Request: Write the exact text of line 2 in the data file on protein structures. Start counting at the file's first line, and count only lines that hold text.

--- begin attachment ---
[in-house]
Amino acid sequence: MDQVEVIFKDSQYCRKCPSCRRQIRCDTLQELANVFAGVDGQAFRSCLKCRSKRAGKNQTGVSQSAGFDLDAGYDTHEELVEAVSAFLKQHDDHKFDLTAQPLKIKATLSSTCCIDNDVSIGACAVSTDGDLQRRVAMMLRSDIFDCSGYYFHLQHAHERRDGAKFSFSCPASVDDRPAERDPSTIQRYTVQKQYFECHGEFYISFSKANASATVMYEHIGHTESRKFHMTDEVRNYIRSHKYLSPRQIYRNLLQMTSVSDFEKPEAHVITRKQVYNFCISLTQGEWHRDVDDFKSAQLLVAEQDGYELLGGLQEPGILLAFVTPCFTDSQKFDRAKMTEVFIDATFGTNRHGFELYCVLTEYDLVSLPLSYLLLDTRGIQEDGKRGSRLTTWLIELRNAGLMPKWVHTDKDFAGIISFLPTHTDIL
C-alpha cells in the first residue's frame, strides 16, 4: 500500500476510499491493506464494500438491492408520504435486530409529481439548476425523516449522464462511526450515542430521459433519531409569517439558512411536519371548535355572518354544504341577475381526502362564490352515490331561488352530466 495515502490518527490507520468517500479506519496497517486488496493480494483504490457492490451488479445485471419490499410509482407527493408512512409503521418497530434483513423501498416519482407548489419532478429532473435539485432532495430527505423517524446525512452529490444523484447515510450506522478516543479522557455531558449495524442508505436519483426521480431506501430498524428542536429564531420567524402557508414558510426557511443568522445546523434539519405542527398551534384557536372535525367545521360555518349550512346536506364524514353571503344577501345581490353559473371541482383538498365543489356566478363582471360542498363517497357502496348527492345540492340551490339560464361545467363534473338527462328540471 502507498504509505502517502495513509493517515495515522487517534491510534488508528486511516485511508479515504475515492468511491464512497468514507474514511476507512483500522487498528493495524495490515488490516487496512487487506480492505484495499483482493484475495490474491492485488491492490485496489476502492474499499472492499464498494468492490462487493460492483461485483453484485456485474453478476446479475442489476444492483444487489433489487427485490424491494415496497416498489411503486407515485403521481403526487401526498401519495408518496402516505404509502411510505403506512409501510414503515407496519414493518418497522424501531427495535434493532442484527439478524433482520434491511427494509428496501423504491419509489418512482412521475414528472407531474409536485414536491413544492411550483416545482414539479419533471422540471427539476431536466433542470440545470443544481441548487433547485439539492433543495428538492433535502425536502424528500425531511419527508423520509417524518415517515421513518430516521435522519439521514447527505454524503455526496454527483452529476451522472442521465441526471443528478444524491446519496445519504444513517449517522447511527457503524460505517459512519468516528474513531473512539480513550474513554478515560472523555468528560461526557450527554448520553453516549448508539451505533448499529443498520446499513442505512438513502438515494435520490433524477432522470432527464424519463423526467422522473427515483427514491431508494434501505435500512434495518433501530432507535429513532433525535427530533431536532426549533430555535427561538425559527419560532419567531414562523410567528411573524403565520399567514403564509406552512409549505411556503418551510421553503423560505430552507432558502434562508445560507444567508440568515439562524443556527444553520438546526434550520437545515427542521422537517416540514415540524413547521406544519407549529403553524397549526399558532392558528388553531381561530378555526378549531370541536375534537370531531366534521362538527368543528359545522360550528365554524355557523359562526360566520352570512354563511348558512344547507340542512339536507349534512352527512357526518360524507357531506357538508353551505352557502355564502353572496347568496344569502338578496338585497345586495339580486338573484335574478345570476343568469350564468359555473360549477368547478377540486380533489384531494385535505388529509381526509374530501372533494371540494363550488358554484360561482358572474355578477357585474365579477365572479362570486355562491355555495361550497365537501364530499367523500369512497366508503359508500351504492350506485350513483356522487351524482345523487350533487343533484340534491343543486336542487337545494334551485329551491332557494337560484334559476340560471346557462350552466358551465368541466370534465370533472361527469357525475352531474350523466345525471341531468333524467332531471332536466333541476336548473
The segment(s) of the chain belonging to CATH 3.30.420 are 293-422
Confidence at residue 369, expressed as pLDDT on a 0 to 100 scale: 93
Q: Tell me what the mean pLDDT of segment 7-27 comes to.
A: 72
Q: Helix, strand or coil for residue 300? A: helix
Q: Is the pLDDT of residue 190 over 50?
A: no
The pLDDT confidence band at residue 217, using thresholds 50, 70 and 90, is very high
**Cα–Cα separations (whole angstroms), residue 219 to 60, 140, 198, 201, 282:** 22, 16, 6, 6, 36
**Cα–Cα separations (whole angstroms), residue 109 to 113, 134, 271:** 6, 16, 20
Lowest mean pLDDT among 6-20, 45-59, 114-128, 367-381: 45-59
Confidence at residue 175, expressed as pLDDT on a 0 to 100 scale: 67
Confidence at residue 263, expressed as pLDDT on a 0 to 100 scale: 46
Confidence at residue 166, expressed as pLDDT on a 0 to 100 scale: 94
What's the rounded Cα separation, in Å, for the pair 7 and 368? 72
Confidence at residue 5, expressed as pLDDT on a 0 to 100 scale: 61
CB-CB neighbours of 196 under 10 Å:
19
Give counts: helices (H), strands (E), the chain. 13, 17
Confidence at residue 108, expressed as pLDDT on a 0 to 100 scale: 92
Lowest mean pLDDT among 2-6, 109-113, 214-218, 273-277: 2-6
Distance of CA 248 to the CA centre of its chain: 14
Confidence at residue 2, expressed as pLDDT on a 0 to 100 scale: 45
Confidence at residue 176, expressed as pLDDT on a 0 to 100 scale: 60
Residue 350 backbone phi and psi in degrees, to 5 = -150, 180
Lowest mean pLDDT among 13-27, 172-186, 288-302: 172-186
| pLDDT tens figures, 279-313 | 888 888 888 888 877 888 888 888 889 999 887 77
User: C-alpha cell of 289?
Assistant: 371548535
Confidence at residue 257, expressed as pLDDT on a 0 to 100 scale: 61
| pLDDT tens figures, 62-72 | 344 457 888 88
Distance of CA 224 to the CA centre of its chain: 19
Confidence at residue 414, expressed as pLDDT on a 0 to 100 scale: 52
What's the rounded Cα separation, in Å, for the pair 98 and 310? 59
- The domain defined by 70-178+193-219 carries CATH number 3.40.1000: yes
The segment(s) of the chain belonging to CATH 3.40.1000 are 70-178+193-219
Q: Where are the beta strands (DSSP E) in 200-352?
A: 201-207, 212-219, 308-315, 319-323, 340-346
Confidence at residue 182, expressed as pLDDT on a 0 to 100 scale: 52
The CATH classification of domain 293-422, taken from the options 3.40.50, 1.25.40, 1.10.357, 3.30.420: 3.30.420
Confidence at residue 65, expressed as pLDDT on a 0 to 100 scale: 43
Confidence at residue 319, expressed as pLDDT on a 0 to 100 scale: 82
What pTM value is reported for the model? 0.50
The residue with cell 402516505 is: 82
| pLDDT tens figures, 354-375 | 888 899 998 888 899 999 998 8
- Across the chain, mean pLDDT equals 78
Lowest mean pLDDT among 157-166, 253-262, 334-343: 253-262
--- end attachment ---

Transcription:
Amino acid sequence: MDQVEVIFKDSQYCRKCPSCRRQIRCDTLQELANVFAGVDGQAFRSCLKCRSKRAGKNQTGVSQSAGFDLDAGYDTHEELVEAVSAFLKQHDDHKFDLTAQPLKIKATLSSTCCIDNDVSIGACAVSTDGDLQRRVAMMLRSDIFDCSGYYFHLQHAHERRDGAKFSFSCPASVDDRPAERDPSTIQRYTVQKQYFECHGEFYISFSKANASATVMYEHIGHTESRKFHMTDEVRNYIRSHKYLSPRQIYRNLLQMTSVSDFEKPEAHVITRKQVYNFCISLTQGEWHRDVDDFKSAQLLVAEQDGYELLGGLQEPGILLAFVTPCFTDSQKFDRAKMTEVFIDATFGTNRHGFELYCVLTEYDLVSLPLSYLLLDTRGIQEDGKRGSRLTTWLIELRNAGLMPKWVHTDKDFAGIISFLPTHTDIL